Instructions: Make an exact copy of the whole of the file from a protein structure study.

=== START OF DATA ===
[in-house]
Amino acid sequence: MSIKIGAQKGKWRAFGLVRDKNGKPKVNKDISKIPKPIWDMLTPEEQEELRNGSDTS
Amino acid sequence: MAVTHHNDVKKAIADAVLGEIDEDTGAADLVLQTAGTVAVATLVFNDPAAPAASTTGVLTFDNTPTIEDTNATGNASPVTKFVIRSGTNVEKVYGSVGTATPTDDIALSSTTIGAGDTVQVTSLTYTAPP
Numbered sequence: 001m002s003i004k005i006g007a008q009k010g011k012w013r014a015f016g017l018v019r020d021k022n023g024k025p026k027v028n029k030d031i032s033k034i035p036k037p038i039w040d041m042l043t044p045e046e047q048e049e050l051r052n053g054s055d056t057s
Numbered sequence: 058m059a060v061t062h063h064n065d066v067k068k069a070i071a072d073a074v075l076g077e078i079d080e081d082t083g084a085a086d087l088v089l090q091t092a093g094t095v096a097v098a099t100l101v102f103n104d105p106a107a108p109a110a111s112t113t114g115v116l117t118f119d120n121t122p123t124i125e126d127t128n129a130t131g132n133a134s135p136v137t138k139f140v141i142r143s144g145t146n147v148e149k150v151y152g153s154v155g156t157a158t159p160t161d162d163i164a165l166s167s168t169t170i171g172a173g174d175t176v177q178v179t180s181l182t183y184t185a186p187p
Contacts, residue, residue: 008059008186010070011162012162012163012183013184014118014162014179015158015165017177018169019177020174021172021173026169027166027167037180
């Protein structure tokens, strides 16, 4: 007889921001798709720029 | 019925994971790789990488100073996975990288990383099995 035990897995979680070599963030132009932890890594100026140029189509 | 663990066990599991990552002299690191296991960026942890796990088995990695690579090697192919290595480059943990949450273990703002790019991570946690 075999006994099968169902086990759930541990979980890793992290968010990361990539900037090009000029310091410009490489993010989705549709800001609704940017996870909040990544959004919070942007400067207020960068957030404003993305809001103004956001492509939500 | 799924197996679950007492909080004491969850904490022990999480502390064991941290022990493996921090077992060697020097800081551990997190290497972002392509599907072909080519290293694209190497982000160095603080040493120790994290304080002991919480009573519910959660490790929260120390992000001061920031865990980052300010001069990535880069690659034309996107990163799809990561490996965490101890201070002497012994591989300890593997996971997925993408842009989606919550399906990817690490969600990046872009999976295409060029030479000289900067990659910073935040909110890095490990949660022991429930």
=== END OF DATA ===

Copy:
[in-house]
Amino acid sequence: MSIKIGAQKGKWRAFGLVRDKNGKPKVNKDISKIPKPIWDMLTPEEQEELRNGSDTS
Amino acid sequence: MAVTHHNDVKKAIADAVLGEIDEDTGAADLVLQTAGTVAVATLVFNDPAAPAASTTGVLTFDNTPTIEDTNATGNASPVTKFVIRSGTNVEKVYGSVGTATPTDDIALSSTTIGAGDTVQVTSLTYTAPP
Numbered sequence: 001m002s003i004k005i006g007a008q009k010g011k012w013r014a015f016g017l018v019r020d021k022n023g024k025p026k027v028n029k030d031i032s033k034i035p036k037p038i039w040d041m042l043t044p045e046e047q048e049e050l051r052n053g054s055d056t057s
Numbered sequence: 058m059a060v061t062h063h064n065d066v067k068k069a070i071a072d073a074v075l076g077e078i079d080e081d082t083g084a085a086d087l088v089l090q091t092a093g094t095v096a097v098a099t100l101v102f103n104d105p106a107a108p109a110a111s112t113t114g115v116l117t118f119d120n121t122p123t124i125e126d127t128n129a130t131g132n133a134s135p136v137t138k139f140v141i142r143s144g145t146n147v148e149k150v151y152g153s154v155g156t157a158t159p160t161d162d163i164a165l166s167s168t169t170i171g172a173g174d175t176v177q178v179t180s181l182t183y184t185a186p187p
Contacts, residue, residue: 008059008186010070011162012162012163012183013184014118014162014179015158015165017177018169019177020174021172021173026169027166027167037180
């Protein structure tokens, strides 16, 4: 007889921001798709720029 | 019925994971790789990488100073996975990288990383099995 035990897995979680070599963030132009932890890594100026140029189509 | 663990066990599991990552002299690191296991960026942890796990088995990695690579090697192919290595480059943990949450273990703002790019991570946690 075999006994099968169902086990759930541990979980890793992290968010990361990539900037090009000029310091410009490489993010989705549709800001609704940017996870909040990544959004919070942007400067207020960068957030404003993305809001103004956001492509939500 | 799924197996679950007492909080004491969850904490022990999480502390064991941290022990493996921090077992060697020097800081551990997190290497972002392509599907072909080519290293694209190497982000160095603080040493120790994290304080002991919480009573519910959660490790929260120390992000001061920031865990980052300010001069990535880069690659034309996107990163799809990561490996965490101890201070002497012994591989300890593997996971997925993408842009989606919550399906990817690490969600990046872009999976295409060029030479000289900067990659910073935040909110890095490990949660022991429930």